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The social significance of imitation is that it provides internal tools for understanding the actions of others by simulating or forming internal representations of these actions. Imitation plays a central role in human social behavior by mediating diverse forms of social learning. However, imitation and simulation ability in schizophrenia has not been adequately addressed. The major aim of the present study was to investigate imitation ability in schizophrenia patients and healthy individuals by examining simple motor imitation that involved the replication of meaningless manual and oral gestures, and the imitation of emotional facial expressions, which has implications for mentalizing. A secondary aim of the present study was to investigate the relationships among imitation ability, social functioning, and working memory. Subjects were asked to mimic hand gestures, mouth movements, and facial expressions of others, online. Clinical symptoms, social competence, and working memory were also assessed. Patients with schizophrenia were significantly impaired on all imitation tasks. Imitation errors were significantly correlated with reduced social competence and increased negative symptoms. However, imitation ability was only weakly associated with working memory. To summarize, the present study examined the ability of patients with schizophrenia to imitate the behaviors demonstrated by others. The results indicate a fundamental impairment in imitation ability in schizophrenia and implicate a possible difficulty in simulation. Further research to determine the neural and developmental origins of this difficulty could be extremely helpful in elucidating the role of simulation in schizophrenia and to establish the complex relationships among mental representation, imitation, and social cognition.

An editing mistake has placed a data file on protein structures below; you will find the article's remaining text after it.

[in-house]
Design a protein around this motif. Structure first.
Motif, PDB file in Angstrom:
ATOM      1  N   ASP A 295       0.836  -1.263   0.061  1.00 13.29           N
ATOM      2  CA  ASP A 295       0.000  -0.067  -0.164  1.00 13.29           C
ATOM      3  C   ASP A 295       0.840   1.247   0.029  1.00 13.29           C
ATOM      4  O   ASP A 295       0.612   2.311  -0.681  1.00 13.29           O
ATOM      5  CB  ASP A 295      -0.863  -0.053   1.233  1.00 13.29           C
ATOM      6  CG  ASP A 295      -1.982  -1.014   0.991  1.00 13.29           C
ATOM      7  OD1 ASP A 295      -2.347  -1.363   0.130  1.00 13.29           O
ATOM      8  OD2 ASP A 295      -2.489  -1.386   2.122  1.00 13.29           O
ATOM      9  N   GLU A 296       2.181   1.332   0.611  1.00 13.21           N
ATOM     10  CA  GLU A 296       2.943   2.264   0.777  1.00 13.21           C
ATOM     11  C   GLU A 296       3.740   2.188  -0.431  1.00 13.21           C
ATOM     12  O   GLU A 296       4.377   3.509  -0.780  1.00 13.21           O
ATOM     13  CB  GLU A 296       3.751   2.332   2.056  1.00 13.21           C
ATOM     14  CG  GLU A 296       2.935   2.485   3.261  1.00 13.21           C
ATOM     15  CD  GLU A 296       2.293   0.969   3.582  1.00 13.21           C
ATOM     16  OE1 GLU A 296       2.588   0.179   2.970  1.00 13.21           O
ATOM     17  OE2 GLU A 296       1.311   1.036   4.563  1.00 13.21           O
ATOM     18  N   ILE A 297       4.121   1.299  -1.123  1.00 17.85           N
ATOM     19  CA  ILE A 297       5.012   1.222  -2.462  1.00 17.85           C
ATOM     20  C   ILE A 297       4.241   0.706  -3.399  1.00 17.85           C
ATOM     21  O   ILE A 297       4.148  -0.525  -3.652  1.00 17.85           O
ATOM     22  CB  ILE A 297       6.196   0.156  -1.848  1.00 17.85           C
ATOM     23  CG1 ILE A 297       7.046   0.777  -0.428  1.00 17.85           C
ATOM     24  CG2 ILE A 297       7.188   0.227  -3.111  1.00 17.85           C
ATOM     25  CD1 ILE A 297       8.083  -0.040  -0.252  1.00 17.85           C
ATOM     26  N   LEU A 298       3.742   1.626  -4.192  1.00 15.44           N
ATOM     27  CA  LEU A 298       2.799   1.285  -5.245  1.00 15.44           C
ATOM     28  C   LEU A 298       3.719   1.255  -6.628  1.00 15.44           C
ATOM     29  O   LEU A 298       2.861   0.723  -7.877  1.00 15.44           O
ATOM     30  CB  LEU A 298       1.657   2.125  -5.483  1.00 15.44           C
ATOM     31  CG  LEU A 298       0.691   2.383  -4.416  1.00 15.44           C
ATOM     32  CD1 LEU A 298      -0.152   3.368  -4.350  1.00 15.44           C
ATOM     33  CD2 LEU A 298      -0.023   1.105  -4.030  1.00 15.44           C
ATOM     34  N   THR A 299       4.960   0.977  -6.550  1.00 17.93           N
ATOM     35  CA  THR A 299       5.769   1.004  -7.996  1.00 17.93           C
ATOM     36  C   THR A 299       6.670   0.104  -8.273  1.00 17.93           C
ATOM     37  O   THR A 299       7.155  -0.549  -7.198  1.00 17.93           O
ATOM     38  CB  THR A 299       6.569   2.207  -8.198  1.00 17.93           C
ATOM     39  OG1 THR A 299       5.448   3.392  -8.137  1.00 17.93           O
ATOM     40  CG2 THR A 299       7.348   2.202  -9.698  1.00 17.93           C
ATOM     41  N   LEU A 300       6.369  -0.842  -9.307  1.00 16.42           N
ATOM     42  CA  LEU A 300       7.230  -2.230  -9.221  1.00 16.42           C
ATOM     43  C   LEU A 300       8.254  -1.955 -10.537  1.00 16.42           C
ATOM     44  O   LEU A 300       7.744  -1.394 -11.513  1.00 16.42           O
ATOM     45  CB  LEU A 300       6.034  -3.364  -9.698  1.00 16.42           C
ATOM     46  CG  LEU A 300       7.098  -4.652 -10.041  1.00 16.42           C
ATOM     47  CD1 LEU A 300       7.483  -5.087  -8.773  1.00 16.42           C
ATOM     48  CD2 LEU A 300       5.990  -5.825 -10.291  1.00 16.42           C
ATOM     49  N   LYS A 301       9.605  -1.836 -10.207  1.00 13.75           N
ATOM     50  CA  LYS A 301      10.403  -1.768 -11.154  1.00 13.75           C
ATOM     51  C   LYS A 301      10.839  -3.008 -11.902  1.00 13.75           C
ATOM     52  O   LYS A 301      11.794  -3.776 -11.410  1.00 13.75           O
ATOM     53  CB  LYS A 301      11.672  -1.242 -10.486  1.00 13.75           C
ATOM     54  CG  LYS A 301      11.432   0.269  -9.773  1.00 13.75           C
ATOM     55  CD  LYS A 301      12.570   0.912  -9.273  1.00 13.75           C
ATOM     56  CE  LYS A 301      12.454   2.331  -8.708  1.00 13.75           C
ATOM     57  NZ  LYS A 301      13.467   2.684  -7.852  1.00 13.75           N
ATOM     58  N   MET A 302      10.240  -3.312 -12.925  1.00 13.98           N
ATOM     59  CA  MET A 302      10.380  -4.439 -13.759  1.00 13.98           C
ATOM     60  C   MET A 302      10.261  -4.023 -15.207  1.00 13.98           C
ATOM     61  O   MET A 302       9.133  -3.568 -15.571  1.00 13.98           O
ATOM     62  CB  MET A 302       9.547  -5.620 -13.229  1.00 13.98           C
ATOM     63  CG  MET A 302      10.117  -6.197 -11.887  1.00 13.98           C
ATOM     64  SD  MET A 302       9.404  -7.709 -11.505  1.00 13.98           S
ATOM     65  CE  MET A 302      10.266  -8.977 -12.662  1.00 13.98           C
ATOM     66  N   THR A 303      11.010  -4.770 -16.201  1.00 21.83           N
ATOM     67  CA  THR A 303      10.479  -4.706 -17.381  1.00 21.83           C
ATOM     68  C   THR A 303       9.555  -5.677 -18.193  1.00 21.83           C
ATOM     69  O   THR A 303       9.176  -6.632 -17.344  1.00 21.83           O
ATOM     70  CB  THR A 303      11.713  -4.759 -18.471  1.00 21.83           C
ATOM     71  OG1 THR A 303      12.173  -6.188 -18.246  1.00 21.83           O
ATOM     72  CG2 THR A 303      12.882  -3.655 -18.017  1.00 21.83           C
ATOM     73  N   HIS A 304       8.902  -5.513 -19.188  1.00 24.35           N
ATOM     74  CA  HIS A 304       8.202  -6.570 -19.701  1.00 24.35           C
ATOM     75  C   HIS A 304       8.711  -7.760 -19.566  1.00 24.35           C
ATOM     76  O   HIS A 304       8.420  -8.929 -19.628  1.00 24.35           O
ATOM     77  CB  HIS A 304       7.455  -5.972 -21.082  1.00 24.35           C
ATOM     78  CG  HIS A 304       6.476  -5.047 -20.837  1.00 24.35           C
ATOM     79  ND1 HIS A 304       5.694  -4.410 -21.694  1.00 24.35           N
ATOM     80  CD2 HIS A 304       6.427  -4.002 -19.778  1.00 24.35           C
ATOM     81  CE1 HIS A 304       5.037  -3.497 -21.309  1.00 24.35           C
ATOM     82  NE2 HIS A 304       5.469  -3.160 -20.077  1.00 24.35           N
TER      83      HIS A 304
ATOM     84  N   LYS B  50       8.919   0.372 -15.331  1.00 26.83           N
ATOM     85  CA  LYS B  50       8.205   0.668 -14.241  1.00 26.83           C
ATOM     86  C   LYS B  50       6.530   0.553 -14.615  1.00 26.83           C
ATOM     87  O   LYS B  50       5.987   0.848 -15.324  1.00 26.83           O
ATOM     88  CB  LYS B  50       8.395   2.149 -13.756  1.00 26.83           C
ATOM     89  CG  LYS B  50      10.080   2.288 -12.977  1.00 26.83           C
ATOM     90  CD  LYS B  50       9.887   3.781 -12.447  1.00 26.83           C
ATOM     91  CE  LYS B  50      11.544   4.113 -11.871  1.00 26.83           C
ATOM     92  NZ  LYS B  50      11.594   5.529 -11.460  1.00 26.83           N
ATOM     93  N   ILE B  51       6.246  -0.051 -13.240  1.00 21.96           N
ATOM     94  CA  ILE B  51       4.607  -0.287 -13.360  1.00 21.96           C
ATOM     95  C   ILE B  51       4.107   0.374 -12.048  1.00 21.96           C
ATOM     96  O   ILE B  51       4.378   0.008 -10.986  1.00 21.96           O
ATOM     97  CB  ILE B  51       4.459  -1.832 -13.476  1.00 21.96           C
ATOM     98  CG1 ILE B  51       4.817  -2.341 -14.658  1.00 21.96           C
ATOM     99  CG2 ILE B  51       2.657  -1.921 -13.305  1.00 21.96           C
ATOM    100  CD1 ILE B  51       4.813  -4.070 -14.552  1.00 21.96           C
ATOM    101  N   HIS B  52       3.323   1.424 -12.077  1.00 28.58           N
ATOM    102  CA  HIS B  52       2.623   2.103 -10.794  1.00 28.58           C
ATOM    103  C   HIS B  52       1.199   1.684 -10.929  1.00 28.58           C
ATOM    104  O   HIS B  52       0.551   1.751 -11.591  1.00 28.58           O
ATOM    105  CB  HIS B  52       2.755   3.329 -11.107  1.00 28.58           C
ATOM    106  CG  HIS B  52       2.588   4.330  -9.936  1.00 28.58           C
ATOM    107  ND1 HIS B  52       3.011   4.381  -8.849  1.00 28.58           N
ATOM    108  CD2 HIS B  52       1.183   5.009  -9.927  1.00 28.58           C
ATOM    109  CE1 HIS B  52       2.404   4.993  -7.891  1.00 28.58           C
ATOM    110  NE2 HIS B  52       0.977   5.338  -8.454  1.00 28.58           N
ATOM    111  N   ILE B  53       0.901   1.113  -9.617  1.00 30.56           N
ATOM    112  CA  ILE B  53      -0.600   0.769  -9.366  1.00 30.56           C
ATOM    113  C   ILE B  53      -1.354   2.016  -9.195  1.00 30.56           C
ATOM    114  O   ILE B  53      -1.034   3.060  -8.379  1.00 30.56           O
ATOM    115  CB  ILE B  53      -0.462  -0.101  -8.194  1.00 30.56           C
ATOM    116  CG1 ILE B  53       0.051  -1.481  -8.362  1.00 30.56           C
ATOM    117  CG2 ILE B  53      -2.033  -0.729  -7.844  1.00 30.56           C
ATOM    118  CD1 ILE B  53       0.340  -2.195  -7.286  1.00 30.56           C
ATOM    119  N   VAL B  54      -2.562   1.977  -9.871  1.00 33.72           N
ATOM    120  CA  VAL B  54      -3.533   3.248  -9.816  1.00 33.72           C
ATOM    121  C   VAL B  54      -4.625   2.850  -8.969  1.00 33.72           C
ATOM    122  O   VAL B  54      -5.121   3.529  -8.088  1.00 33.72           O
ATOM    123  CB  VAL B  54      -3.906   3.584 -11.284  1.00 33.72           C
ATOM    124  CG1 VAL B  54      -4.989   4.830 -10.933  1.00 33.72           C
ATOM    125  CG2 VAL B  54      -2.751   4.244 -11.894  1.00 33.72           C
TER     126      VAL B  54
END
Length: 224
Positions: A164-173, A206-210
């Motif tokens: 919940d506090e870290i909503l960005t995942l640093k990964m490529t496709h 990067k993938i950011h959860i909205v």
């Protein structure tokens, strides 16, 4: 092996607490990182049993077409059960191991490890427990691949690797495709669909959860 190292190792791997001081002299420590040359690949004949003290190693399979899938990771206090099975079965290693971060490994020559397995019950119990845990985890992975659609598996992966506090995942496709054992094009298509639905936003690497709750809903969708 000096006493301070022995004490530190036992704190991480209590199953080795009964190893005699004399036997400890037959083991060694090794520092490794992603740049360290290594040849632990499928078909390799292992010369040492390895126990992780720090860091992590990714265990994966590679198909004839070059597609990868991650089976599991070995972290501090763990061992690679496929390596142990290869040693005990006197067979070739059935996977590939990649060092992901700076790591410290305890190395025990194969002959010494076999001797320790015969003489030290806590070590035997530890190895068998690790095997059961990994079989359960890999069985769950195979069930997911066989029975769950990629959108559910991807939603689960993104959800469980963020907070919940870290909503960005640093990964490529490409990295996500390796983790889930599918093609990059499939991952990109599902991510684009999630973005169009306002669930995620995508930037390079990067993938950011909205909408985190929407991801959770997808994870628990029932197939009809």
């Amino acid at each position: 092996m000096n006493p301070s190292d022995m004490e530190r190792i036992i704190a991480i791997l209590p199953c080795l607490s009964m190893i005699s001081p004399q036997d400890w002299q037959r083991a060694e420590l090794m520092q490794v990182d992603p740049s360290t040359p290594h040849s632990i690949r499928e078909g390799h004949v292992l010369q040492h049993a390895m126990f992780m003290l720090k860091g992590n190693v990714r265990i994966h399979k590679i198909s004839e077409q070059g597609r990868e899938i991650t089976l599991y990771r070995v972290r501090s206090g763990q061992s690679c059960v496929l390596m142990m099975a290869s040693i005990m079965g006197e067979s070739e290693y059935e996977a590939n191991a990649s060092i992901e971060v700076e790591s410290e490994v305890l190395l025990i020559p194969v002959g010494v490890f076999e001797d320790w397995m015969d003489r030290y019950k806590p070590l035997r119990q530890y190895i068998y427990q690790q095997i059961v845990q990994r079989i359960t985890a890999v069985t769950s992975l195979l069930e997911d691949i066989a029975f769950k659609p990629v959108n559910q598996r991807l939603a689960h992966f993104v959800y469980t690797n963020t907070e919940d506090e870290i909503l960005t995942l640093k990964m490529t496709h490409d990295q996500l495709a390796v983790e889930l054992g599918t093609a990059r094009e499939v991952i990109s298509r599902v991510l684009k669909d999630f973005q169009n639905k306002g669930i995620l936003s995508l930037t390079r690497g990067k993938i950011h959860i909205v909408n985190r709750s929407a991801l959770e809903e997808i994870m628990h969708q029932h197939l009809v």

The human is indissolubly linked with imitation: a human being only becomes human at all by imitating other human beings.
Social impairment is a cardinal feature of schizophrenia, present throughout the course of illness starting at the prodromal stage.2–5 Social functioning is instrumental in determining quality of life and functional outcome, but difficulties in conceptualizing and assessing social functions have impeded progress towards successful targeted treatment and intervention strategies.6–8 One way to tackle these challenges is to segregate anomalous social behavior into theoretically constrained components that can then be systematically examined in the laboratory. Access to such “building blocks” that cascade into social impairments could lead to a better understanding of the cognitive and neural origins of these deficits.
In this context, we consider social cognition research in schizophrenia, which has been dominated by the Theory-of-Mind (ToM) paradigm. ToM refers to the ability to attribute mental states, such as thoughts, feelings, intentions, and beliefs to self and others in order to explain and predict behavior.9 Frith,10 who proposed that several key symptoms of schizophrenia could be explained by ToM impairment, sparked early interest in ToM in schizophrenia. Accumulating evidence for the presence of ToM deficit in schizophrenia supports Frith's position.11,12 However, many tasks that are used to assess ToM (the hinting task, false belief task, story comprehension, etc.) are not specific to tapping mental state attributions and instead, recruit an assortment of cognitive functions, ranging from working memory and selective attention to semantic memory and pragmatics. Thus, it is unclear how and why deficits in ToM arise in patients with schizophrenia.